Money can make things confusing….so why not take it out the equation entirely? Here are 6 ways to have a free adventure!

#1 Do a mini free backyard adventure

Learning the art of wild camping (or stealth camping) will open up a whole world of free adventuring. Wild camping basically means finding a quiet place where you pitch your tent, hammock or bivvy bag for the night. It’s free of charge and gives you complete flexibility to be alone in nature. Check out my step-by-step guide for wild camping if you’ve not done it before.

The first night you try it can be a little daunting so I would suggest joining the Yes Tribe Facebook group. They regularly organise free wild camping nights. Or you can join the female adventure community I founded, Love Her Wild, and post in the group to see if anyone else wants to join you.

For more inspiration on backyard adventuring have a read of Alaistair Humphreys microadventures.

free adventure in bivvy bags

#2 Make the budget part of the challenge

If you want to take on a bigger challenge, starting without any money can be part of your challenge. I think you have to be really brave to take on this kind of free adventure, but I’d love to challenge myself to do it one day!

These adventurers all took on an expedition without any money in their pocket….

….George Mahood walked the full length of Britain, starting with just a pair of boxers and nothing else. I can recommend reading his very funny book.

….Tom Allen took on the same challenge but with just a bike and no money in his pocket. He even built his bike on a tiny budget beforehand

….Students Tom Langhorne and Cameron Hyde, hitchicked a 650 mile journey without spending a penny

Tim Moss climbed the equivalent of Everest using nothing but his work stairs and his free time

Laura Bingham crossed South America with no money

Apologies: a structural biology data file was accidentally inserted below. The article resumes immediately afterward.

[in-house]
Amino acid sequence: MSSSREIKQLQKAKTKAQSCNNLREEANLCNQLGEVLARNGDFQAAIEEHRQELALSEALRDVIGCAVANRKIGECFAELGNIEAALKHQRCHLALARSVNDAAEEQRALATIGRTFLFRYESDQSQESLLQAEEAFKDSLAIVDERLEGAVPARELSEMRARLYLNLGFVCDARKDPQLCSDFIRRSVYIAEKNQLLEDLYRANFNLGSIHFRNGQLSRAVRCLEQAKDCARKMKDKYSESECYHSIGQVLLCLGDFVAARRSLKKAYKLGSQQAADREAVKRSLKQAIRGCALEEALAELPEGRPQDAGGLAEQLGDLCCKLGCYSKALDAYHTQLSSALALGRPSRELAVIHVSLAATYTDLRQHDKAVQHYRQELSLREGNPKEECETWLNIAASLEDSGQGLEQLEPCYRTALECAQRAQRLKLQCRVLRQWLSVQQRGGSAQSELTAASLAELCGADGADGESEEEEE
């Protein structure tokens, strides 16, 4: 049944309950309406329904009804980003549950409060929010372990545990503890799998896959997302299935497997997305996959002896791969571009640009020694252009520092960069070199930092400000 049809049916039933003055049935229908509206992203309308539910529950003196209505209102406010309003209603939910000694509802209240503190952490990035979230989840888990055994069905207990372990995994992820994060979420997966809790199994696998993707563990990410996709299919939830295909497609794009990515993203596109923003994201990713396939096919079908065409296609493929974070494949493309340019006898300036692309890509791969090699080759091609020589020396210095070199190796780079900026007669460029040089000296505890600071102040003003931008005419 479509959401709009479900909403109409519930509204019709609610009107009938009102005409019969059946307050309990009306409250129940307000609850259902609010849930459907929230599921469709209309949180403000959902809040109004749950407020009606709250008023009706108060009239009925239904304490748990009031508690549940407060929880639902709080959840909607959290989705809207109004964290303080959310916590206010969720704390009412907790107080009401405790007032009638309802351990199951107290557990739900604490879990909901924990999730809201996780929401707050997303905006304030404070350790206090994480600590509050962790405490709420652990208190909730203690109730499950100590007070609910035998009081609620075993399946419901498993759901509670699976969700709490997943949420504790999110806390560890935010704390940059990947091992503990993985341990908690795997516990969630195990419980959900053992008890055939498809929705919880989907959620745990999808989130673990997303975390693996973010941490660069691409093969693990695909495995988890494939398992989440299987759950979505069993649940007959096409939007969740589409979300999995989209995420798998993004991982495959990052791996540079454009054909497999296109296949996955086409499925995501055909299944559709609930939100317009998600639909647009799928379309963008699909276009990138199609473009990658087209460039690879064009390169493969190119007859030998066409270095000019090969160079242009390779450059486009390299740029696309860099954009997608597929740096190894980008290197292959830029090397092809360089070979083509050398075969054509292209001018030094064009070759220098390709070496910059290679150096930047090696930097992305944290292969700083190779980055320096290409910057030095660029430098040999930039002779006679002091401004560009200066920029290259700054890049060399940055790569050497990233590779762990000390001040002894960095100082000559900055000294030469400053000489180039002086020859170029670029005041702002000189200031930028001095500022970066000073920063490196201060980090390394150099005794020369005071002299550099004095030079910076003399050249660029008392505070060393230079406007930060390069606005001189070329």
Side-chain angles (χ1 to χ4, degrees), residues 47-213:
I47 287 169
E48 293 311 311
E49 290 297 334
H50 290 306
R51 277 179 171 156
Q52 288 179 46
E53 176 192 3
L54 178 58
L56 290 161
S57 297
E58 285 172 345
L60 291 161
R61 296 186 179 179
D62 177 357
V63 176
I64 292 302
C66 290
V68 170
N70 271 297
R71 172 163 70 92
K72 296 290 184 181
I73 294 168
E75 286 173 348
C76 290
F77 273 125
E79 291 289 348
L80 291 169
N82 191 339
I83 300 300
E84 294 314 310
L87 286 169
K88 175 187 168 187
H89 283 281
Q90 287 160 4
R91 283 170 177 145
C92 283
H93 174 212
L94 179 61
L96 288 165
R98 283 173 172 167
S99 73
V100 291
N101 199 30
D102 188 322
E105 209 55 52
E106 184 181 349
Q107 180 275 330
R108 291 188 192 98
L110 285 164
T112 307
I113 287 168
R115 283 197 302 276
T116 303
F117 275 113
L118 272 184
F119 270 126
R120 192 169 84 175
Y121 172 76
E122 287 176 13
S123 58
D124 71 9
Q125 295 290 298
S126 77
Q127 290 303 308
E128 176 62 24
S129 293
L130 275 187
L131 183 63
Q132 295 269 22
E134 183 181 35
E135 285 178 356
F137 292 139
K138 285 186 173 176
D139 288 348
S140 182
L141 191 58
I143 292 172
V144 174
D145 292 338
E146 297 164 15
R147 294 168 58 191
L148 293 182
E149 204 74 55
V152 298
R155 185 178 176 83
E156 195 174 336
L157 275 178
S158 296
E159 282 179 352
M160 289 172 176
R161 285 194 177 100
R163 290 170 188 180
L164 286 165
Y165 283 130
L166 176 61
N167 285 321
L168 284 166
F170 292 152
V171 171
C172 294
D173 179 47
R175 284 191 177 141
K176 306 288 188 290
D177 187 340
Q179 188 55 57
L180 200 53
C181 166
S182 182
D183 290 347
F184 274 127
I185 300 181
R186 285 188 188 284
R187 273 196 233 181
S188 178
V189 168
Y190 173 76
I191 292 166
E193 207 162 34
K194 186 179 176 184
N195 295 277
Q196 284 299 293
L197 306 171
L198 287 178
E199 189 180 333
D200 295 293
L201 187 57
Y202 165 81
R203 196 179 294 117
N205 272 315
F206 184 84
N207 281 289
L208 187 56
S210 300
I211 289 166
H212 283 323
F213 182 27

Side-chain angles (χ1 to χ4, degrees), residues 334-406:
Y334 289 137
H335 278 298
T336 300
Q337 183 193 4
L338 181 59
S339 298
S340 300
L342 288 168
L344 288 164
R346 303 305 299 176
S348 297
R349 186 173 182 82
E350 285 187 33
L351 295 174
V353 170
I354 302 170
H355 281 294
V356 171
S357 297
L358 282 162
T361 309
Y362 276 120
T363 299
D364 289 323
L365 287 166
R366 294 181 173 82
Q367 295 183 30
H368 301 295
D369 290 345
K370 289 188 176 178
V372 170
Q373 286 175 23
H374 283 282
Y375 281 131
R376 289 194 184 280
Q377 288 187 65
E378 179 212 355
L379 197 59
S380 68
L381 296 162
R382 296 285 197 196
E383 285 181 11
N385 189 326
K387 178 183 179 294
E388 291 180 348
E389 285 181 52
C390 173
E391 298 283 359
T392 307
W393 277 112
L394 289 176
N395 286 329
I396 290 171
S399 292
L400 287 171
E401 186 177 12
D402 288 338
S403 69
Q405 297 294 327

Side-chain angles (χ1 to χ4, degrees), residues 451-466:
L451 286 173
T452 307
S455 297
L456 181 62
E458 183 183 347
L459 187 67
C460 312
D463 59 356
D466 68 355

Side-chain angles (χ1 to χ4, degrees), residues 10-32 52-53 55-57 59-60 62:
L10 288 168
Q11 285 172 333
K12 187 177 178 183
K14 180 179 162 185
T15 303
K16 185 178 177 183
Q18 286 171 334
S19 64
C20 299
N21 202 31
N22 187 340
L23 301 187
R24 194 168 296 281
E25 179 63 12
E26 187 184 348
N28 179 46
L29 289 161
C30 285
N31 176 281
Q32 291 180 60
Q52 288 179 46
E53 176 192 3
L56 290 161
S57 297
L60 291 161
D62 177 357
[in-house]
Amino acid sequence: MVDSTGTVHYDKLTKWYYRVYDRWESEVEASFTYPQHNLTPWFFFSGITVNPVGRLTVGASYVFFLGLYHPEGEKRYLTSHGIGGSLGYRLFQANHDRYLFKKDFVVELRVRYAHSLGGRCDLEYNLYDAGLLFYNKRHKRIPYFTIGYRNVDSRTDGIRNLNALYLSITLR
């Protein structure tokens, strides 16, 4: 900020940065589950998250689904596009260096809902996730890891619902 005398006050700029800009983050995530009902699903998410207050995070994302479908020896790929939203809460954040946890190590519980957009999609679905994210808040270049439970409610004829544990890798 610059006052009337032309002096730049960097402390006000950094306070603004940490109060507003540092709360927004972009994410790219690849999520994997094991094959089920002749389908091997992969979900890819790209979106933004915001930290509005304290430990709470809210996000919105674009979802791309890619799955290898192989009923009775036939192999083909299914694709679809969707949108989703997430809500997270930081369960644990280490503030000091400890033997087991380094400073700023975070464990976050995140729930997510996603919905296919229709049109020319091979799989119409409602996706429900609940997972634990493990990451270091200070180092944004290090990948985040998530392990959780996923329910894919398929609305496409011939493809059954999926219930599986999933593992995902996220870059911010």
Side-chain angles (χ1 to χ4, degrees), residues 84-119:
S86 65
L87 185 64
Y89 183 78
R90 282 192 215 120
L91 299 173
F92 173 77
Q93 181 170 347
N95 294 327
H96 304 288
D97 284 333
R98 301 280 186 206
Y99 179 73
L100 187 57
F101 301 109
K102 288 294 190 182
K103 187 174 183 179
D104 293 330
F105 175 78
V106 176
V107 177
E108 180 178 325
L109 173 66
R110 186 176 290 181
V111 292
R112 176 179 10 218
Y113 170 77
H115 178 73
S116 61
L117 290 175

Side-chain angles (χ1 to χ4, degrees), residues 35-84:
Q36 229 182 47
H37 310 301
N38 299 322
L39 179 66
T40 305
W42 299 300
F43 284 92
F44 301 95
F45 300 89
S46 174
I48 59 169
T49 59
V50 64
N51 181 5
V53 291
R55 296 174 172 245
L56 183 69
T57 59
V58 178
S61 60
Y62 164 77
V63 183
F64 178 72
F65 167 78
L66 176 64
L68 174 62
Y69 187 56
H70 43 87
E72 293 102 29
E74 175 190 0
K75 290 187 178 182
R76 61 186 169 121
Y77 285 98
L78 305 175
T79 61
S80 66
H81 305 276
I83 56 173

….Alastair Humphreys spent a month in Spain using only his terrible violin playing skills to earn his keep

#3 Find other people to help fund your challenge

Another way to take on a bigger adventure when broke is to make use of scholarships available or to ask for in-kind sponsorship. In 2016 I completed the London Loop on a scooter. I managed to get the equipment sponsored and also won some funding from the Next Challenge Grant which covered the costs entirely making it a free adventure.

For a full guide on funding and scholarships see, How to fund your adventure.

#4 Get your adventure fix through volunteering

There are lots of ways you can volunteer your time to help others while also being more adventurous. If you enjoy working with children, you could help out with the Scouts, Youth Adventure Trust or a similar organisation that run regular adventure camps and activities.

James Borrell has put together a great list of volunteering conservation groups that look for volunteers happy to work in the outdoors. I would also add Raleigh International and ICS who are always in need of adventure leaders who can commit to a couple of months away.

Hiking in Morocco

#5 Turn adventuring into a job

Working towards a suitable qualification could see you not just getting a free adventure but actually being paid for it. Passing the assessment for the Mountain Leader Award opened up a world of opportunity for me. I now regularly work as an Expedition Leader taking young groups on adventures overseas. There are a number of companies that offer this kind of work including World Challenge, British Explorers and Outlook Expeditions.

Explorers Connect have a great forum where jobs are posted for adventure leaders.

Of course, all these qualifications cost money to obtain but they usually pay for themselves pretty quickly. If you can’t afford them you should also look into funding options as there are a number of scholarships and bursaries available for training, especially for regular adventure volunteers. Plas Y Brenin list funds for training.

There are other ways you can make money from adventuring. I’ve built an adventure career through blogging and speaking. Find out different ways you can earn a living as an adventurer on this blog.

Or just join the reserves…they have lots of adventure opportunities!

#6 Be support crew

These expeditions vary in size and the big ones often require an equally big commitment fundraising, training and giving talks. Some expeditions will require you to pay, but I have seen lots of opportunities where sponsorship is already in place or expenses are covered if you provide support.

Occasionally a team member drops out and someone is needed to step into their shoes last minute.

A good place to search for these opportunities is on The Royal Geographical Society (you can also be added to an ‘interested in expeditions’ list) and Explorers Connect.

I would also start following adventurers on Facebook and Twitter as they often share opportunities they see on their feeds.

You might also be interested in reading: Adventure opportunities to shake up your life.

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